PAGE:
2.11. Array

An array is a sequence of values indexed by an integer number from 0 to the size of the array minus 1. An array’s elements can be obtained by their index.

var a = [[int[4] 1; 2; 3; 4]] // fixed size of array is 4, and content is [1, 2, 3, 4]
assert(a[0] == 1)

var b: array<int>
assert(b[0] == 1)

There are static arrays (of fixed size, allocated on the stack), and dynamic arrays (size is dynamic, allocated on the heap):

var a = [[int[4] 1; 2; 3; 4]] // fixed size of array is 4, and content is [1, 2, 3, 4]
var b: array<string>          // empty dynamic array
push(b, "some")               // now it is 1 element of "some"
b |> push("some")             // same as above line, but using pipe operator

Dynamic sub-arrays can be created out of any array type via range indexing:

var a  = [[int[4] 1; 2; 3; 4]]
let b <- a[1..3]               //  b is [{int 2;3}]

In reality a[b], where b is a range, is equivalent to subarray(a, b).

Resizing, insertion, and deletion of dynamic arrays and array elements is done through a set of standard functions (see built-in functions).

The relevant builtin functions are: push, push_clone, emplace, reserve, resize, erase, length, clear, and capacity.

Arrays (as well as tables, structures, and handled types) are passed to functions by reference only.

Arrays cannot be copied; only cloned or moved.

def clone_array(var a, b: array<string>)
  a := b      // a is not a deep copy of b
  clone(a, b) // same as above

def move_array(var a, b: array<string>)
  a <- b  // a is no points to same data as b, and b is empty.

Arrays can be constructed inline:

let arr = [[auto 1.; 2.; 3.; 4.5]]

This expands to:

let arr : float[4] = [[float[4] 1.; 2.; 3.; 4.5]]

Dynamic arrays can also be constructed inline:

let arr <- [{auto "one"; "two"; "three"}]

This is syntactic equivalent to:

let arr : array<string> <- to_array_move([[string[3] "one"; "two"; "three"]])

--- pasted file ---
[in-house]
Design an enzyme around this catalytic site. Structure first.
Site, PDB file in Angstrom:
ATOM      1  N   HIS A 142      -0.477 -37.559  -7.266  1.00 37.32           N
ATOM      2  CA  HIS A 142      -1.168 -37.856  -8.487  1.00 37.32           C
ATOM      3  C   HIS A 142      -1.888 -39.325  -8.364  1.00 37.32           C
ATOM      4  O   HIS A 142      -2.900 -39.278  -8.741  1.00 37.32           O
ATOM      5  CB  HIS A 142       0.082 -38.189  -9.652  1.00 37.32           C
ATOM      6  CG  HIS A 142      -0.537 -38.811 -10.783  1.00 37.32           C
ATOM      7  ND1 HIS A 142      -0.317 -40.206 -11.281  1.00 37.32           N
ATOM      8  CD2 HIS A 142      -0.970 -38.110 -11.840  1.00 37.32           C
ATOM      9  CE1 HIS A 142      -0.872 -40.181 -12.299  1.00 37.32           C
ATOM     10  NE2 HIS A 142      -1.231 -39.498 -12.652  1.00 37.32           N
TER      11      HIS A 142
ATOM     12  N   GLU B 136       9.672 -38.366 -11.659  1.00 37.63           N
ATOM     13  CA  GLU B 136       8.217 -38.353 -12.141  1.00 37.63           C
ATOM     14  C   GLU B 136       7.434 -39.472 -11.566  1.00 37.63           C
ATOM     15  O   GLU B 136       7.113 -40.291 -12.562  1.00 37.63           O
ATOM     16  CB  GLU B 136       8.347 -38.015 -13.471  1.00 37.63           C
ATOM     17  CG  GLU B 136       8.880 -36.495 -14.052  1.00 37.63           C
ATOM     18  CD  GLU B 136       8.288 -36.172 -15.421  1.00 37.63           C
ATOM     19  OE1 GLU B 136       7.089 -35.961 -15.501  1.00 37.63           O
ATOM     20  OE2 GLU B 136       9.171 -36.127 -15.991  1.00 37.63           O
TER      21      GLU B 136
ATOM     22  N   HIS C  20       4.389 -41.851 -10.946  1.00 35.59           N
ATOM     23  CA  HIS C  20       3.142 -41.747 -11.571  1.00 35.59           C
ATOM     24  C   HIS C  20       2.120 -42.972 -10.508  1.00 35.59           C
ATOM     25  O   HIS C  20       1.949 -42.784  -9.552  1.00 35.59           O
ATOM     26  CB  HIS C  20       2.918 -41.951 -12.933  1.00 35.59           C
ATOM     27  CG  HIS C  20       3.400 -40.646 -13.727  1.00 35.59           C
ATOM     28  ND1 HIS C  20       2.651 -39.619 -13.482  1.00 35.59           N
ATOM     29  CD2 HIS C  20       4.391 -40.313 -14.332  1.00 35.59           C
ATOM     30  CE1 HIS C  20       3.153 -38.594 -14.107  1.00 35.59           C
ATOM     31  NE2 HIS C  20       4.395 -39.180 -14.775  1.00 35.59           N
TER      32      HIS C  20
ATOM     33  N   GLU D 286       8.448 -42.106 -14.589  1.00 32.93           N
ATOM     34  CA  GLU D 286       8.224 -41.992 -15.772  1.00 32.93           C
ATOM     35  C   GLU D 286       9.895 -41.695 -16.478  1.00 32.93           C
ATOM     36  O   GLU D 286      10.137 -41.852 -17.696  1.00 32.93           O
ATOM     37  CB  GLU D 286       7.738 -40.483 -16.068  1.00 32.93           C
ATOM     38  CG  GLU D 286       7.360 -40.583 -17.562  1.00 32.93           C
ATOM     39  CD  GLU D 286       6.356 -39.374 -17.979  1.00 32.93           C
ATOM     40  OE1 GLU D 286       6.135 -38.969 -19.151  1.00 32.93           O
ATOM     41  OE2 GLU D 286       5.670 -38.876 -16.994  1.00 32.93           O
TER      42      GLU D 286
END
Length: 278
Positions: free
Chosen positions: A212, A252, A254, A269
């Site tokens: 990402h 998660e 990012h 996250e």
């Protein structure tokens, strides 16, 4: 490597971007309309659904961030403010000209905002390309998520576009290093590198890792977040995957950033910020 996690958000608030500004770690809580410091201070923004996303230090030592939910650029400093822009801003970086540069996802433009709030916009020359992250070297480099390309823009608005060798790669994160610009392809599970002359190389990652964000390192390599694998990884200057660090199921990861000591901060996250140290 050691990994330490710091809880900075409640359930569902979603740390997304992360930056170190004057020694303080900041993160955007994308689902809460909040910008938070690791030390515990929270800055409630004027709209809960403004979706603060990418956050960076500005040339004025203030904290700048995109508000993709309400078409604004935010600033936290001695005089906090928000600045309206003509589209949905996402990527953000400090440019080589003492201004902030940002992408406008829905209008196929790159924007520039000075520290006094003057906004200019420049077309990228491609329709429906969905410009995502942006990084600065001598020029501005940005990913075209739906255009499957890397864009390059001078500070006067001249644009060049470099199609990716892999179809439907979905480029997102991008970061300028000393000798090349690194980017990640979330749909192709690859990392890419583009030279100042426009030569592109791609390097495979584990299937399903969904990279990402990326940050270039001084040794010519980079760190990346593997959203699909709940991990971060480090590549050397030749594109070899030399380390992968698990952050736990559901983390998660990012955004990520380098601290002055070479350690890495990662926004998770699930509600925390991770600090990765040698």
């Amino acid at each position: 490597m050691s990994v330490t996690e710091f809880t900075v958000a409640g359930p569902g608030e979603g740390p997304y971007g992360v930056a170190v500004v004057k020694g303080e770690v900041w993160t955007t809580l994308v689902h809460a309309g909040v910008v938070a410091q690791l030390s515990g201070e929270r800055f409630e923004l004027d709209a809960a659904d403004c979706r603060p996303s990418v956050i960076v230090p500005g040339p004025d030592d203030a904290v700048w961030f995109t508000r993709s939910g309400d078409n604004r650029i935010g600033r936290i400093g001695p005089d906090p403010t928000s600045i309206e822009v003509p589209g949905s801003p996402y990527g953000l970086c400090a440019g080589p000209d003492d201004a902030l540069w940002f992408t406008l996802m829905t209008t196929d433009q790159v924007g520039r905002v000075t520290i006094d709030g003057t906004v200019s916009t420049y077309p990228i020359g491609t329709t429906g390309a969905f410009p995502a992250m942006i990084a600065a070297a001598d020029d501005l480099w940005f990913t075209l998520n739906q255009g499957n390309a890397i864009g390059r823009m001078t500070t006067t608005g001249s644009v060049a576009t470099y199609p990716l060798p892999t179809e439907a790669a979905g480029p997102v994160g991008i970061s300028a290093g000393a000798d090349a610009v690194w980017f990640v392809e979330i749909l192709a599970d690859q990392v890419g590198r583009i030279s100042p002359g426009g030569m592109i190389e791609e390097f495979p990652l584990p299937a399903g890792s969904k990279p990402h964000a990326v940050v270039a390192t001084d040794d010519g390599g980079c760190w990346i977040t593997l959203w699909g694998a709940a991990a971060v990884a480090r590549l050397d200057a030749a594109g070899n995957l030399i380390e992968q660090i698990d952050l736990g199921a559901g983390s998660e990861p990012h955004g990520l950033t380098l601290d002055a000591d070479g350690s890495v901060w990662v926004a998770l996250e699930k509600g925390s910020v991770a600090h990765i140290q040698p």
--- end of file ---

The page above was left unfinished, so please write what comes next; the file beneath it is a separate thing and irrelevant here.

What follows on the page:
If only one element is specified, local data construction is of that element:

let i1 = [[int 1]]      // same is the line bellow
let i2 = 1

To create an array of an unspecified type, use [] syntax:

let ai1 <- [[int[] 1]]  // actually [[int[1] 1]]
let ai2 <- [[auto[] 1]  // same as above

When array elements can’t be copied, use push_clone to insert a clone of a value, or emplace to move it in.

resize can potentially create new array elements. Those elements are initialized with 0.

reserve is there for performance reasons. Generally, array capacity doubles, if exceeded. reserve allows you to specify the exact known capacity and significantly reduce the overhead of multiple push operations.

It’s possible to iterate over an array via a regular for loop:

for x in [[int[] 1;2;3;4]]
        print("x = {x}\n")

Additionally, a collection of unsafe iterators is provided:

def each ( a : auto(TT)[] ) : iterator<TT&>
def each ( a : array<auto(TT)> ) : iterator<TT&>

The reason both are unsafe operations is that they do not capture the array.

Search functions are available for both static and dynamic arrays:

def find_index ( arr : array<auto(TT)> implicit; key : TT )
def find_index ( arr : auto(TT)[] implicit; key : TT )
def find_index_if ( arr : array<auto(TT)> implicit; blk : block<(key:TT):bool> )
def find_index_if ( arr : auto(TT)[] implicit; blk : block<(key:TT):bool> )